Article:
Patient FAQ – What is TMS?

What is TMS (transcranial magnetic stimulation)?  It is a non-invasive treatment where magnetic pulses are delivered to stimulate nerve cells in the part of the brain controlling the mood, which is often underactive in patients with depression.  

Repeated stimulation of this part of the brain has proven to produce an antidepressant effect on people suffering from depression.  TMS is also known as rTMS (repetitive transcranial magnetic stimulation) because more than one magnetic pulse is delivered to the brain during a treatment session.

Below are answers to some of the questions you may have.

TMS has been recommended by the American Psychiatric Association since 2010 and FDA cleared since 2008 for the treatment of major depressive disorder. Depression, or Major Depressive Disorder (MDD), is a common mental disorder which affects approximately 1 in 15 adults. The most common treatment for mild-moderate depression is antidepressant pharmacotherapy and/or psychotherapy. However, a significant number of patients do not experience benefit from the treatment or cannot tolerate the side effects and are thus considered “treatment-resistant”. For those patients, there is another option called transcranial magnetic stimulation, or TMS.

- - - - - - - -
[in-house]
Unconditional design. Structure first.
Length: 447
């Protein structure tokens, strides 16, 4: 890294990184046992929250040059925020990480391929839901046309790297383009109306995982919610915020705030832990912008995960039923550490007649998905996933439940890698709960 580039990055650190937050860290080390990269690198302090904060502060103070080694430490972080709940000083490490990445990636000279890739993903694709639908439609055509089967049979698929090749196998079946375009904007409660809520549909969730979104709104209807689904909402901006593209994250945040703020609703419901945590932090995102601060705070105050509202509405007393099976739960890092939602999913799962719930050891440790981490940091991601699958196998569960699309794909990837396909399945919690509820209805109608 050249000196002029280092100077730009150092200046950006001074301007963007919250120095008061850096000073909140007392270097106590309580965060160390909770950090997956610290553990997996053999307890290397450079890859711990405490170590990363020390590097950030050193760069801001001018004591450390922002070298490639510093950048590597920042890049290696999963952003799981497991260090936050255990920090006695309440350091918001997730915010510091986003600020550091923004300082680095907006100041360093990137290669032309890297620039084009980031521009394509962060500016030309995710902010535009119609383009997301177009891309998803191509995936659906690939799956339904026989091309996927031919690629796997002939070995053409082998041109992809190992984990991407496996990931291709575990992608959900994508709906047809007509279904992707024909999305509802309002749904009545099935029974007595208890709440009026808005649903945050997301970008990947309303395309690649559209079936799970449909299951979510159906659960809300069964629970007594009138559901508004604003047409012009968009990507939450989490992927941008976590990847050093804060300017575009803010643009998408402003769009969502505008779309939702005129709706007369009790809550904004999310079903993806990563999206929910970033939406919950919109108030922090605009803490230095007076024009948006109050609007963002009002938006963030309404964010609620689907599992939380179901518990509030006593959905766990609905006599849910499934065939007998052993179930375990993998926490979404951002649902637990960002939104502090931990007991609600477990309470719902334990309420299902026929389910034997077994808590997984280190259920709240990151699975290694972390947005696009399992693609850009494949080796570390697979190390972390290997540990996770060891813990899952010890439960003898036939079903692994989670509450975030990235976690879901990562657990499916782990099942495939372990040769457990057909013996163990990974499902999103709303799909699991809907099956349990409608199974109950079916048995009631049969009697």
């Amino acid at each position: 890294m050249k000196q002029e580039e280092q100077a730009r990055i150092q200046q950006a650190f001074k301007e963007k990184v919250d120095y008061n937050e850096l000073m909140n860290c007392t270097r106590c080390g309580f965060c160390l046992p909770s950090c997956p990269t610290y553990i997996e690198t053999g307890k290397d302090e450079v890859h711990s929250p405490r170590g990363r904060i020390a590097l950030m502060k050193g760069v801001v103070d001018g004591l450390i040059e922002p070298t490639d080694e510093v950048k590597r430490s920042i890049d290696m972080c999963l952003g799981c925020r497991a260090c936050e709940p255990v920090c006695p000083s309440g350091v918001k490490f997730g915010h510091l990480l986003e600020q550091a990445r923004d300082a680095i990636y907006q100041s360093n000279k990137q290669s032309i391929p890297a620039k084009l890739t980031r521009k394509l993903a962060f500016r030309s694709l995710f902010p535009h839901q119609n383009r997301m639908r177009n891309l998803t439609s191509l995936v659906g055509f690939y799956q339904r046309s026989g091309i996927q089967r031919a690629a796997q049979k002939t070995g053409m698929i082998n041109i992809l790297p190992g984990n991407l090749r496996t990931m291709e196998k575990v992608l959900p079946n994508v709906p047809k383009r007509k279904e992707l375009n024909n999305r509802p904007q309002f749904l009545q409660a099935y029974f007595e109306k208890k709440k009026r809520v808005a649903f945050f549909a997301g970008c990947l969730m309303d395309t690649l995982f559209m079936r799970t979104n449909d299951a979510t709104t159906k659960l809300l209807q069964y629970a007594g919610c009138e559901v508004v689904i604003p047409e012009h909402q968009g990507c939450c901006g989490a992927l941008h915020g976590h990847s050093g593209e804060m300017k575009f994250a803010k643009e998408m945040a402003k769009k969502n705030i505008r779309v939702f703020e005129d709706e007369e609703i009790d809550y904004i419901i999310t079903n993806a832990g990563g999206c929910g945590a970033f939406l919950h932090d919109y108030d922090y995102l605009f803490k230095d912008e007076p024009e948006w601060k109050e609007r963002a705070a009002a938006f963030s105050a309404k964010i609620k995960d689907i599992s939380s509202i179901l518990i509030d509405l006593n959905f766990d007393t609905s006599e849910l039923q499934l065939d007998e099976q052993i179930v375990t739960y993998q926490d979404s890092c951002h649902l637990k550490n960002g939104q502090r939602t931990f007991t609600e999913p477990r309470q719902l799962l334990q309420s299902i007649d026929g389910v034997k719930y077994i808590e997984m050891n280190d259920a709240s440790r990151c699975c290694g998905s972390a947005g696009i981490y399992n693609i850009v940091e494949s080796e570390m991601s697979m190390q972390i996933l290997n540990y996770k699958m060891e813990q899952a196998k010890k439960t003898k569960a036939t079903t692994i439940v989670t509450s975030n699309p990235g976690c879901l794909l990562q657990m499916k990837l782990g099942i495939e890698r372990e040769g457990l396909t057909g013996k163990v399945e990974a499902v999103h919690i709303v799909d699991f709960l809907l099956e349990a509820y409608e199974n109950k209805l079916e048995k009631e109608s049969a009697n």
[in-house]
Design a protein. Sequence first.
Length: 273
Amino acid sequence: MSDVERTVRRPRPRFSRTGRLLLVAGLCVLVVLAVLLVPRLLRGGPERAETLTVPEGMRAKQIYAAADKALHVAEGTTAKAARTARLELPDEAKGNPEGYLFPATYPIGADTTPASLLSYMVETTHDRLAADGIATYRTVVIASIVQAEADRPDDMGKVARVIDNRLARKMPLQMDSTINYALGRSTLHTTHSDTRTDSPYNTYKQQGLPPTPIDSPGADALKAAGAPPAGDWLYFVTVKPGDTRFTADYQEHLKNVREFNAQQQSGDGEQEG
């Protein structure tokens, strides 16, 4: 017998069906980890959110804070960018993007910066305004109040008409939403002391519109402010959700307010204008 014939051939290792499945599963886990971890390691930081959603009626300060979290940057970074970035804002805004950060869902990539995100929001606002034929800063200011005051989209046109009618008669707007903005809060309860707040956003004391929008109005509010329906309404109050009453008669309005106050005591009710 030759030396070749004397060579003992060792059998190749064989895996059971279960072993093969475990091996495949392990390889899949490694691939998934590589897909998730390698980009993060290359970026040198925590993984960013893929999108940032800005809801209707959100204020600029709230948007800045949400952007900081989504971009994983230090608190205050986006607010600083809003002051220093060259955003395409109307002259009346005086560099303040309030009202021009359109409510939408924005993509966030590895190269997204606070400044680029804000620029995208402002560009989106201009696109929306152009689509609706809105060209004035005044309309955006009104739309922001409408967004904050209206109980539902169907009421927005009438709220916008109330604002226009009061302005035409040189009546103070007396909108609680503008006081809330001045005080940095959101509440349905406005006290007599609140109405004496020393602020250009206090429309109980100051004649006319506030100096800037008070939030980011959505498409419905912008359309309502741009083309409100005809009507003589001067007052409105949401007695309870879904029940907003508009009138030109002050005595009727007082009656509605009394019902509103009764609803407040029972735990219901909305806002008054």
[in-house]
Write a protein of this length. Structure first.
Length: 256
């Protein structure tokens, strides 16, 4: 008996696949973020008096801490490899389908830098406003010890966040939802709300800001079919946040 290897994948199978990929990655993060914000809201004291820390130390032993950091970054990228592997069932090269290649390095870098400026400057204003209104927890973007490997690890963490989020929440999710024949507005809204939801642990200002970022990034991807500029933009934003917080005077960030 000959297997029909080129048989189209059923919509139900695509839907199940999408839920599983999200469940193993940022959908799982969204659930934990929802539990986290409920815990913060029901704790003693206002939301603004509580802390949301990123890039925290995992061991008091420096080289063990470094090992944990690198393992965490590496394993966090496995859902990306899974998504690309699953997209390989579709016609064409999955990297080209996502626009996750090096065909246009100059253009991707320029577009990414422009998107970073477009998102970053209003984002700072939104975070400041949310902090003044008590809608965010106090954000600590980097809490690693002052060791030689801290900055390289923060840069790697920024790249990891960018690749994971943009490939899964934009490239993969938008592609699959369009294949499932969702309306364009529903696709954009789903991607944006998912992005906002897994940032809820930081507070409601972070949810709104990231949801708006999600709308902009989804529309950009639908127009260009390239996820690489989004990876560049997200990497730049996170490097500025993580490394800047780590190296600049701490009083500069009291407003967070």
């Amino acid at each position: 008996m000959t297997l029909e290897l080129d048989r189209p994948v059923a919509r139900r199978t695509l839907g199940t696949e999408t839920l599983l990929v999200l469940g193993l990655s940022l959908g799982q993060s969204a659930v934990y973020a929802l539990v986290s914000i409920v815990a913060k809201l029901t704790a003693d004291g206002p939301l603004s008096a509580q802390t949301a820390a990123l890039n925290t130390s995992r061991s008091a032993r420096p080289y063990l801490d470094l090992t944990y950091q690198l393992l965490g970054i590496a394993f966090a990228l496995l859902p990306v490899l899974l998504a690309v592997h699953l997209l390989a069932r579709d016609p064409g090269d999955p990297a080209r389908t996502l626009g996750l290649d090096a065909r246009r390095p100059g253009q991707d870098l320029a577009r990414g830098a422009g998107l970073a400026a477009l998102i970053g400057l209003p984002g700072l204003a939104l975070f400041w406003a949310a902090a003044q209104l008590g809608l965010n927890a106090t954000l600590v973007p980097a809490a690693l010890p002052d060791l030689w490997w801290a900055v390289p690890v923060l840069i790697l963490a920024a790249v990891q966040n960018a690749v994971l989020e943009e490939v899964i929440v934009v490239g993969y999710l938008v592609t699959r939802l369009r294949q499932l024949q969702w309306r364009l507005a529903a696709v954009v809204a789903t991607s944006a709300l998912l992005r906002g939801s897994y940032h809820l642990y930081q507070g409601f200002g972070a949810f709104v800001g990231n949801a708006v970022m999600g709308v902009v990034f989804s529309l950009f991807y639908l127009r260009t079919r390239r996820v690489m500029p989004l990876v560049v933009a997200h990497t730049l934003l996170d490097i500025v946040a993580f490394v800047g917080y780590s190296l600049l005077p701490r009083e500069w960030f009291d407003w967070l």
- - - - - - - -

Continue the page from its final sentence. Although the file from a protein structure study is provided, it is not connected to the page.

TMS is indicated for the treatment of major depressive disorder in adult patients who have failed to receive satisfactory improvement from prior antidepressant medication in the current episode. TMS therapy is available by prescription only. Your doctor will use medication dosing records and depression scores among other measures to determine whether or not you are a candidate for TMS therapy.

One treatment is given per day, 5 times per week, over a period of about 6 weeks. Individual treatments average about 20 minutes per session.

You sit in a chair in a relaxed position. When the magnetic pulses are delivered you hear a clicking sound and feel a tapping sensation on your head. Many patients are able to read a book or listen to music during treatment.

TMS may, for some, cause headache or nausea, but you should be able to resume your daily activities right after treatment. Over-the-counter pain medications can be taken prior to treatment if headaches are experienced.

TMS is reimbursed by most insurance providers. Prior authorization is required to be obtained before treatments are started, which can be handled by your doctor and the billing staff.

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